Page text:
Timothy and his Grandmother by Rembrandt
Timothy was a native of Lystra. In the KJV New Testament, he is referenced a total of twenty-eight times (nine times using his well-known name and nineteen times as Timotheus). Church tradition (see the bottom of this article regarding his death) suggests he was born around 17 A.D.
The mother of Timothy was a Jewess named Eunice. She later, however, became a Jewish Christian (Acts 16:1, 2Timothy 1:5). His father was a Greek (Gentile). His grandmother on his mother's side was named Lois and she, too, became a Christian. Both women were likely converted during Paul's first evangelistic journey to the city in 46 A.D., when he healed a cripple man but soon after was stoned to death and resurrected (see Acts 14).
14. But as for you, continue in the things that you did learn and were assured of, knowing from whom you have learned them; 15. And that from a child you have known the Holy Writings, which are able to make you wise unto salvation through faith, which is in Christ Jesus (2Timothy 3:14 - 15, HBFV throughout).
Meeting the apostle
In early 50 A.D., Paul meets an unmarried Timothy in Lystra soon after he began his second missionary journey. At the time of their meeting, they were roughly 48 and 33 years old, respectively. Based on the recommendation of several church members both in the city and in Iconium, Paul decides to take the young man with him as he travels preaching the gospel (Acts 16:2 - 3). Before this can happen, however, the apostle pays to have him circumcised (verse 3).
Why was he circumcised?
Why did the apostle, who vigorously argued that circumcision was not necessary in order to receive salvation (see our article on The Jerusalem Conference) have his friend undergo this painful procedure? It was likely for the sake of expediency.
Paul's method for evangelizing a particular area was to first visit the local synagogues (see Acts 13:5, 14, 14:1, 18:4, 19, 19:8, etc.) and preach the gospel to Jews and proselytes (Romans 1:16, 2:9 - 10). He would then (usually because many in the synagogue would reject his message) preach about God's kingdom to Gentiles (Acts 13:45 - 46, 18:6, 19:9). The apostle no doubt felt, given the zealously-held prejudices against those not circumcised, that a circumcised Timothy would circumvent these biases and allow the gospel to be heard by synagogue members.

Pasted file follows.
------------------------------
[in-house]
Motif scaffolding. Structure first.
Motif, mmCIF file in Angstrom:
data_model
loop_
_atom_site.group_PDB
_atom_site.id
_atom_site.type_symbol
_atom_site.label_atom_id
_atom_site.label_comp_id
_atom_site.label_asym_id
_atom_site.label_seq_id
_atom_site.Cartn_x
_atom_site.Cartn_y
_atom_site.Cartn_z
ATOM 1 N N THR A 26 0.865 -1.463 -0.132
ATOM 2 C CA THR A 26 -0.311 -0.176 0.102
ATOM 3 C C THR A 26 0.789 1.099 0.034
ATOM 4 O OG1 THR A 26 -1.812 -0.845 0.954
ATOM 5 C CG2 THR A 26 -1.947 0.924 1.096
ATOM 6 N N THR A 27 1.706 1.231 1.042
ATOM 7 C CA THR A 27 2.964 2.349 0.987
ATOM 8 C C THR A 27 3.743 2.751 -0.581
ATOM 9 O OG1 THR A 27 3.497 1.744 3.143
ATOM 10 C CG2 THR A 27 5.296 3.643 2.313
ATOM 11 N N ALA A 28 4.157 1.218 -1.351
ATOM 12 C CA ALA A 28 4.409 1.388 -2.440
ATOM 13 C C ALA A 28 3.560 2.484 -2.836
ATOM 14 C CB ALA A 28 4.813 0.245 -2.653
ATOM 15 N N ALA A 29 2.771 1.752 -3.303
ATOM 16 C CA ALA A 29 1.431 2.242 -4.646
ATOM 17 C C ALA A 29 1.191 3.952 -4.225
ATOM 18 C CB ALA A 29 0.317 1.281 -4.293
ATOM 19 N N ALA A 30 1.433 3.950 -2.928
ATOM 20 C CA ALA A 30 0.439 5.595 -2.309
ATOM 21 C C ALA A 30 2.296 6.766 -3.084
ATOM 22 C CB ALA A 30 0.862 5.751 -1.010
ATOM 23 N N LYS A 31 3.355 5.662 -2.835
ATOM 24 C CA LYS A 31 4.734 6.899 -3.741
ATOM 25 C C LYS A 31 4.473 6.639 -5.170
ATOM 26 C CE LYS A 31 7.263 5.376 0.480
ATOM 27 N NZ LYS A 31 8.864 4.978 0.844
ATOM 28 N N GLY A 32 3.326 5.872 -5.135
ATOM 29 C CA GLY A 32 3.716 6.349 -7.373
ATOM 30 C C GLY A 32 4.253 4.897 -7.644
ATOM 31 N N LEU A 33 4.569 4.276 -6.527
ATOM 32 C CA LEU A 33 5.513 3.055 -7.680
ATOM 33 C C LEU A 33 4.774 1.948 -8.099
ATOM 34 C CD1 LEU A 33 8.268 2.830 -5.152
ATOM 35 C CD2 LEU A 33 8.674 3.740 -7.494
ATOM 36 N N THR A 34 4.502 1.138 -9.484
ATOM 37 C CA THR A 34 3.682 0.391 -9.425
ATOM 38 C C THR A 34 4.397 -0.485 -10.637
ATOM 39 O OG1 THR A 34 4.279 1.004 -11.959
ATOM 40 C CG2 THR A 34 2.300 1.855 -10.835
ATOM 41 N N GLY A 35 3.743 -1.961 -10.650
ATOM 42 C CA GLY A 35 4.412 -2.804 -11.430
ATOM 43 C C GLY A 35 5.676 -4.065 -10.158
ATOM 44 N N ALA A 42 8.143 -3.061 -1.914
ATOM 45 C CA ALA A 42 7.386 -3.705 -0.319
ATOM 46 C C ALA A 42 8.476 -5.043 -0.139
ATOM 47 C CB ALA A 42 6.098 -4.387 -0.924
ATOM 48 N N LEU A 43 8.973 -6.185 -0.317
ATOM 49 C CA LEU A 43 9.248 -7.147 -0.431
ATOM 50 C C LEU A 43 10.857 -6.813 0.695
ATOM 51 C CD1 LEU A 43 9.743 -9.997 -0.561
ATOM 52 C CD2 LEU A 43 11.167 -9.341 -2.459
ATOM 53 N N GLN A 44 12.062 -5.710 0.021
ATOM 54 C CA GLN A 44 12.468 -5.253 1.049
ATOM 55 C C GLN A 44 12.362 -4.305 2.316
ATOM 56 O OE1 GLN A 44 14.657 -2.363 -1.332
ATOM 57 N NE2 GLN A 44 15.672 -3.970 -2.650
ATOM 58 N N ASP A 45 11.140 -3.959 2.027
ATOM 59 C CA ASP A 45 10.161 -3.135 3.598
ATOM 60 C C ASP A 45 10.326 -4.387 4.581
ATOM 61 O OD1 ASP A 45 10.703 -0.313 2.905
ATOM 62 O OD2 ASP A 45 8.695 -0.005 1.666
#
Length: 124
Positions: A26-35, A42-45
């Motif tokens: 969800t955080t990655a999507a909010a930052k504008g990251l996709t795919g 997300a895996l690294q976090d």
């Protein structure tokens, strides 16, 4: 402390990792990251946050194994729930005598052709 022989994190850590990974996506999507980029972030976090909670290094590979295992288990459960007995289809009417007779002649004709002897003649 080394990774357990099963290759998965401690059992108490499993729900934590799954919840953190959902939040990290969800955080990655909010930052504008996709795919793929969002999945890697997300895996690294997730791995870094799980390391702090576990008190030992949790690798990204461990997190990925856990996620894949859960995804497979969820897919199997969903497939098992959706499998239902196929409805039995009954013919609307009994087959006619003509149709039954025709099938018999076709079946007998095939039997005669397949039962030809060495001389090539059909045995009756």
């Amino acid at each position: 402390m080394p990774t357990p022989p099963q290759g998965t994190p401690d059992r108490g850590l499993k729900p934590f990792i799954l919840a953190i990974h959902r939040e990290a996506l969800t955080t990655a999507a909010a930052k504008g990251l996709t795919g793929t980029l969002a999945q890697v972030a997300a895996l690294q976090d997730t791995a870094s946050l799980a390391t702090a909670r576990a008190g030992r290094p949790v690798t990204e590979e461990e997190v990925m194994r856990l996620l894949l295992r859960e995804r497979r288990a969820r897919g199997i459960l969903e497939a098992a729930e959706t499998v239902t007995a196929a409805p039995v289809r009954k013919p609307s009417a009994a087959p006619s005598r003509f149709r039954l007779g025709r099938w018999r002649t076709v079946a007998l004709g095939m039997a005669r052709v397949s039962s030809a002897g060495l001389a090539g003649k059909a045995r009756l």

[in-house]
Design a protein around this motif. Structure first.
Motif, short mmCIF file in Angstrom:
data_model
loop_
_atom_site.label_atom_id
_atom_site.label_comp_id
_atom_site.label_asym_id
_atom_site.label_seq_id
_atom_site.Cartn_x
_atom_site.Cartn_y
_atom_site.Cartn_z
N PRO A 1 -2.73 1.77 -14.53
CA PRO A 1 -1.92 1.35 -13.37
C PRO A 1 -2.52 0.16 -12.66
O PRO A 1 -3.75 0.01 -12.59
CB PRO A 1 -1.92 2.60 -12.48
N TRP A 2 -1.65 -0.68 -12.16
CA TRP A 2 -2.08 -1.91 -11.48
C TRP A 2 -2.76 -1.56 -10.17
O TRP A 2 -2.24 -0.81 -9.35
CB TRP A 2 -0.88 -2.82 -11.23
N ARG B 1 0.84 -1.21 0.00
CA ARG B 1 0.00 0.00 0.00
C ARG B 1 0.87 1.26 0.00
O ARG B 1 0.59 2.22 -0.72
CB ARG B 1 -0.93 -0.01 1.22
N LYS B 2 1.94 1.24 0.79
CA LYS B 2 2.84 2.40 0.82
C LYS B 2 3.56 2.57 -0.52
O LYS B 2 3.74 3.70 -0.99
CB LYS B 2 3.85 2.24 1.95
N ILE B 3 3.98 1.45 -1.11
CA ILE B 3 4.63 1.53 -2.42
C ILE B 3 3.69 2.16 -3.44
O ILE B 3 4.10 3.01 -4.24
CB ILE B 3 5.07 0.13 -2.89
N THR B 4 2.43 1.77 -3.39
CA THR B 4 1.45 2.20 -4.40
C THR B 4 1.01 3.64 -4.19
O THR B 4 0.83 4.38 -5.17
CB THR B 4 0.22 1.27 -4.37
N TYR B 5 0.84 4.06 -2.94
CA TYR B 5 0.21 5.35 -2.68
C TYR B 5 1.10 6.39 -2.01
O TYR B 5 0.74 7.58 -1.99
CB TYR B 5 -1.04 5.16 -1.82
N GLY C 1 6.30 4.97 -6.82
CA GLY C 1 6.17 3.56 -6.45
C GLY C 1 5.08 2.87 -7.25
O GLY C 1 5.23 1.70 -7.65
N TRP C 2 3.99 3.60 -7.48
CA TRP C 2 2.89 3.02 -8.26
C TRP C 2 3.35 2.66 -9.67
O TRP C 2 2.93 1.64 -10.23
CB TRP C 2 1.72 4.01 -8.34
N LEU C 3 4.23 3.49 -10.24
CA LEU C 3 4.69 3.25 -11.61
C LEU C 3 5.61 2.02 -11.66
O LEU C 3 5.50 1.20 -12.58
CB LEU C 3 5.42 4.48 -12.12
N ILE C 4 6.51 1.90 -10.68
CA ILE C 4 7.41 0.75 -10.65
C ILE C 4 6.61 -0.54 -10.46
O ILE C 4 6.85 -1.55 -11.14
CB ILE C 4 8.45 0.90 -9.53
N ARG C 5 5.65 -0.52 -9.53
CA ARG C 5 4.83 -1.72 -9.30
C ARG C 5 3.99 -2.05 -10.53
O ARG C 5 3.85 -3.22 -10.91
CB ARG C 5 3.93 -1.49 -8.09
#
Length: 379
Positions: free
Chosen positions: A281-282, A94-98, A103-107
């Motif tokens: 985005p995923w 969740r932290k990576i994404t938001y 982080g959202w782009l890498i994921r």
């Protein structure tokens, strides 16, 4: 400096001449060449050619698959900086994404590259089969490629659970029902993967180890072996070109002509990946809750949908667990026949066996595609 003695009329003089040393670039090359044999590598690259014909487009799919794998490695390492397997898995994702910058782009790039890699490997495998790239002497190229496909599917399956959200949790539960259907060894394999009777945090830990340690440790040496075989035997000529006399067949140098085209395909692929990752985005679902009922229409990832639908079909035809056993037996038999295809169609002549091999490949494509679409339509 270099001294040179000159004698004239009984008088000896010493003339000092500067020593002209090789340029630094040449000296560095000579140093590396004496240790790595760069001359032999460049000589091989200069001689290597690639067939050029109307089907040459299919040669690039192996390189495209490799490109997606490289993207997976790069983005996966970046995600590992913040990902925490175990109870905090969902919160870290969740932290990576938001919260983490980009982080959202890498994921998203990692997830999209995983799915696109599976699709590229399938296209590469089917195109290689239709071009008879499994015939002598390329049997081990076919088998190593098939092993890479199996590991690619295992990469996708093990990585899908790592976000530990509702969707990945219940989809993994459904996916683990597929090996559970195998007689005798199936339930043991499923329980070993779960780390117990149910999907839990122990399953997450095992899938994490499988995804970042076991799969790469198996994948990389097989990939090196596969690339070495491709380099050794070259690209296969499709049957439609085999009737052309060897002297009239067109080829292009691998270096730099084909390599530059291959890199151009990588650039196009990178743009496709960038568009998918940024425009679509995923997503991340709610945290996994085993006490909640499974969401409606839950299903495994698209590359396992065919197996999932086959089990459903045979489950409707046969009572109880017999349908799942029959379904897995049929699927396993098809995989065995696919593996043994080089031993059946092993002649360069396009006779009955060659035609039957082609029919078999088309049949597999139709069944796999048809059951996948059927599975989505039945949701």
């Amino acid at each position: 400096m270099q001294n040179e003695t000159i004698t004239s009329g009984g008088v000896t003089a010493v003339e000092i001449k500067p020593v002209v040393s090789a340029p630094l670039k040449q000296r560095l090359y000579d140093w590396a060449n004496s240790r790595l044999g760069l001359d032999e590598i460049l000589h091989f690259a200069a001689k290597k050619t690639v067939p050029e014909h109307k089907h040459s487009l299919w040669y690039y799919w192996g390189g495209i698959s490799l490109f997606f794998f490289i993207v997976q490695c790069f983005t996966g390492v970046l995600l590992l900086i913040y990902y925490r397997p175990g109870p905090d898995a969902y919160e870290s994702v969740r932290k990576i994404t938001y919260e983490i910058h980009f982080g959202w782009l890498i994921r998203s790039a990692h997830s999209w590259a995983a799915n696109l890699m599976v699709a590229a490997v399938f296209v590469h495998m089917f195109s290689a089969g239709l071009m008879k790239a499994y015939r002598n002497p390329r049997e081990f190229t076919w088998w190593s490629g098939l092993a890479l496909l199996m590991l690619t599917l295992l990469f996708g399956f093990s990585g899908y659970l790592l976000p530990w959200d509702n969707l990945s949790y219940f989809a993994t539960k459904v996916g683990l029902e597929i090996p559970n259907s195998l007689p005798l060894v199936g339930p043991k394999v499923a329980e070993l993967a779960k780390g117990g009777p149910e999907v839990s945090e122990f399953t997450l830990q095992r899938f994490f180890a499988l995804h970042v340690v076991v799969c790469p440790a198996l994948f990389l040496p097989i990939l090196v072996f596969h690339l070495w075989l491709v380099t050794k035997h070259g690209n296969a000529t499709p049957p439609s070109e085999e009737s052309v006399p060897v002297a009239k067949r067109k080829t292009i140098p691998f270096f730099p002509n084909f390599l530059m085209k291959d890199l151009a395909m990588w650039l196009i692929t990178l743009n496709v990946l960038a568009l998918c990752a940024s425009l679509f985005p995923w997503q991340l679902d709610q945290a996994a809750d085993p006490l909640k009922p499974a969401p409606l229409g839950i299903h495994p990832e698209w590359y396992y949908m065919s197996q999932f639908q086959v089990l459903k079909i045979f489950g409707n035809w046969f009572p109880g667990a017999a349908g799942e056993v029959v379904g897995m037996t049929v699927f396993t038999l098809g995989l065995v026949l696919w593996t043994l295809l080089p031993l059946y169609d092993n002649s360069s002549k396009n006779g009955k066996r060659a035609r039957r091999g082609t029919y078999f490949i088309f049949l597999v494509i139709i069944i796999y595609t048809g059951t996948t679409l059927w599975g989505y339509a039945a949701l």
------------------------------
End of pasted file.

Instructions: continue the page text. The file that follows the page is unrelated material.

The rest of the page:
"Now, for Apostle Paul to travel among the Synagogues with a companion in this condition (uncircumcised), - and to attempt to convince the Jews that Jesus was the Messiah, when his associate and assistant in the work was an uncircumcised Heathen, - would evidently have been to encumber his progress and embarrass his work . . .
"Had Timothy not been circumcised, a storm would have gathered round the Apostle in his further progress. The Jews, who were ever ready to persecute him from city to city, would have denounced him still more violently in every Synagogue . . .
"To imagine that they could have overlooked the absence of circumcision in Timothy's case, as a matter of no essential importance, is to suppose they had already become enlightened Christians. Even in the bosom of the Church we have seen the difficulties which had recently been raised by scrupulousness and bigotry on this very subject . . . " (Life and Epistles of Apostle Paul by Conybeare and Howson, chapter 8).
His unique character and service
The Bible records, after he was ordained to serve by Paul and church brethren (1Timothy 4:14, 2Timothy 1:6), he ministered in at least five New Testament churches (1Thessalonians 3:1 - 2, 1Corinthians 4:17, Philippians 2:19 - 22, Acts 17:14 and 1Timothy 1:3).
Timothy accompanied Paul on most of his second journey travels after he left Lystra. Scripture then informs us he was with the apostle in Ephesus during his third missionary journey. While in the city he and a man named Erastus are sent by Paul to minister to brethren in Macedonia (Acts 19:22). Later on, he meets with others at Troas to accompany the apostle through Asia on his way to Jerusalem (Acts 20:4 - 5). Paul is imprisoned in Rome, beginning in 61 A.D., at the end of his fourth missionary journey (Acts 28:16 - 31). While he is in prison, he writes four epistles, three of which mention Timothy being with him (Philippians 1:1, 2:19, Colossians 1:1, Philemon 1:1). At the end of his fifth and final journey, while in Rome a second time just before his death, he requests his closest friend visit him and bring his personal copies of his writings (2Timothy 4:9, 13, 21).
Paul testifies to those in Philippi regarding Timothy's unique Christian character and his dedication to spreading the gospel.
20. For I have no one who is likeminded, who has genuine concern for you. 21. For all are seeking their own things, not the things of Christ Jesus. 22. But you know the proof of him, that as a child with a father, he served with me in the gospel (Philippians 2:20 - 22)
Death as a Martyr
Catholic tradition states Timothy died in Ephesus when he was over 80 years old (1913 Catholic Encyclopedia). According to the first chapter of Foxe's Book of Martyrs, he died in 97 A.D. upholding the truth of the Bible.
"Timothy was the celebrated disciple of St. Paul, and bishop of Ephesus, where he zealously governed the Church until A.D. 97. At this period, as the pagans were about to celebrate a feast called Catagogion, Timothy, meeting the procession, severely reproved them for their ridiculous idolatry, which so exasperated the people that they fell upon him with their clubs, and beat him in so dreadful a manner that he expired of the bruises two days later."